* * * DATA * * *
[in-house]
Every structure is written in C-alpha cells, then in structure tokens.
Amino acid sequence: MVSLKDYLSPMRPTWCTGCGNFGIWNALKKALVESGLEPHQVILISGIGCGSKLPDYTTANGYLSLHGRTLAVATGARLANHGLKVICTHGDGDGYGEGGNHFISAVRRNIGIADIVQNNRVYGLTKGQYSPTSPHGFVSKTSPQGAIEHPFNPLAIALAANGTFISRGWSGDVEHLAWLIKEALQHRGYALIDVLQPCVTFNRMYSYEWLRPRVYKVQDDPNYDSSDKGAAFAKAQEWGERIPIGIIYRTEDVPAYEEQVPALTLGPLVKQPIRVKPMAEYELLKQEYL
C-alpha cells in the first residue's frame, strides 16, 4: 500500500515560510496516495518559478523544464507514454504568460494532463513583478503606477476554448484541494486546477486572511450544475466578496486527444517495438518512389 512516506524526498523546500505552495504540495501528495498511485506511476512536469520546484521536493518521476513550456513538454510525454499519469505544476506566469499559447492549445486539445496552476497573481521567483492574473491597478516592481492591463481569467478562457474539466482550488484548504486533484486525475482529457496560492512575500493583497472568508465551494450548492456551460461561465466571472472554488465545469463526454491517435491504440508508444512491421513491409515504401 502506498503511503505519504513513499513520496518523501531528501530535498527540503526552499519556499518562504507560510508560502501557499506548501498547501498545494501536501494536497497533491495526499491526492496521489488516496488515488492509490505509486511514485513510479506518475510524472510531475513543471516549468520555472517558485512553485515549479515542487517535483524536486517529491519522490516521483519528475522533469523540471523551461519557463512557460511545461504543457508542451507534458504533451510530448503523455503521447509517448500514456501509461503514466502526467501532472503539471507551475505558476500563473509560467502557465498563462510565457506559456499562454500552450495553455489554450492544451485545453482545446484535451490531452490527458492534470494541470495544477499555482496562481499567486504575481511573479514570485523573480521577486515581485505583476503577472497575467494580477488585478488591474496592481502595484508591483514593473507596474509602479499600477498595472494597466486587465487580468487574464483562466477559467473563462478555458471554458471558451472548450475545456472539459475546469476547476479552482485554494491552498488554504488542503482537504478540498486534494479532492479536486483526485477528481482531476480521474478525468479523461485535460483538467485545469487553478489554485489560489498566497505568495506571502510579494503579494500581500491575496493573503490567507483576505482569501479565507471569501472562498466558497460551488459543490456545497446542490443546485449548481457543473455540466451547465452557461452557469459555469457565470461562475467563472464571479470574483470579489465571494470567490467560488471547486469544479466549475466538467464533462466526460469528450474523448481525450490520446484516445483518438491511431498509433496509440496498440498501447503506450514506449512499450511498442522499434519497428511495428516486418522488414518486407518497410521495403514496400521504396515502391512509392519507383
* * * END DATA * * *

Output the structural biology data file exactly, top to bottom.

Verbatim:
[in-house]
Every structure is written in C-alpha cells, then in structure tokens.
Amino acid sequence: MVSLKDYLSPMRPTWCTGCGNFGIWNALKKALVESGLEPHQVILISGIGCGSKLPDYTTANGYLSLHGRTLAVATGARLANHGLKVICTHGDGDGYGEGGNHFISAVRRNIGIADIVQNNRVYGLTKGQYSPTSPHGFVSKTSPQGAIEHPFNPLAIALAANGTFISRGWSGDVEHLAWLIKEALQHRGYALIDVLQPCVTFNRMYSYEWLRPRVYKVQDDPNYDSSDKGAAFAKAQEWGERIPIGIIYRTEDVPAYEEQVPALTLGPLVKQPIRVKPMAEYELLKQEYL
C-alpha cells in the first residue's frame, strides 16, 4: 500500500515560510496516495518559478523544464507514454504568460494532463513583478503606477476554448484541494486546477486572511450544475466578496486527444517495438518512389 512516506524526498523546500505552495504540495501528495498511485506511476512536469520546484521536493518521476513550456513538454510525454499519469505544476506566469499559447492549445486539445496552476497573481521567483492574473491597478516592481492591463481569467478562457474539466482550488484548504486533484486525475482529457496560492512575500493583497472568508465551494450548492456551460461561465466571472472554488465545469463526454491517435491504440508508444512491421513491409515504401 502506498503511503505519504513513499513520496518523501531528501530535498527540503526552499519556499518562504507560510508560502501557499506548501498547501498545494501536501494536497497533491495526499491526492496521489488516496488515488492509490505509486511514485513510479506518475510524472510531475513543471516549468520555472517558485512553485515549479515542487517535483524536486517529491519522490516521483519528475522533469523540471523551461519557463512557460511545461504543457508542451507534458504533451510530448503523455503521447509517448500514456501509461503514466502526467501532472503539471507551475505558476500563473509560467502557465498563462510565457506559456499562454500552450495553455489554450492544451485545453482545446484535451490531452490527458492534470494541470495544477499555482496562481499567486504575481511573479514570485523573480521577486515581485505583476503577472497575467494580477488585478488591474496592481502595484508591483514593473507596474509602479499600477498595472494597466486587465487580468487574464483562466477559467473563462478555458471554458471558451472548450475545456472539459475546469476547476479552482485554494491552498488554504488542503482537504478540498486534494479532492479536486483526485477528481482531476480521474478525468479523461485535460483538467485545469487553478489554485489560489498566497505568495506571502510579494503579494500581500491575496493573503490567507483576505482569501479565507471569501472562498466558497460551488459543490456545497446542490443546485449548481457543473455540466451547465452557461452557469459555469457565470461562475467563472464571479470574483470579489465571494470567490467560488471547486469544479466549475466538467464533462466526460469528450474523448481525450490520446484516445483518438491511431498509433496509440496498440498501447503506450514506449512499450511498442522499434519497428511495428516486418522488414518486407518497410521495403514496400521504396515502391512509392519507383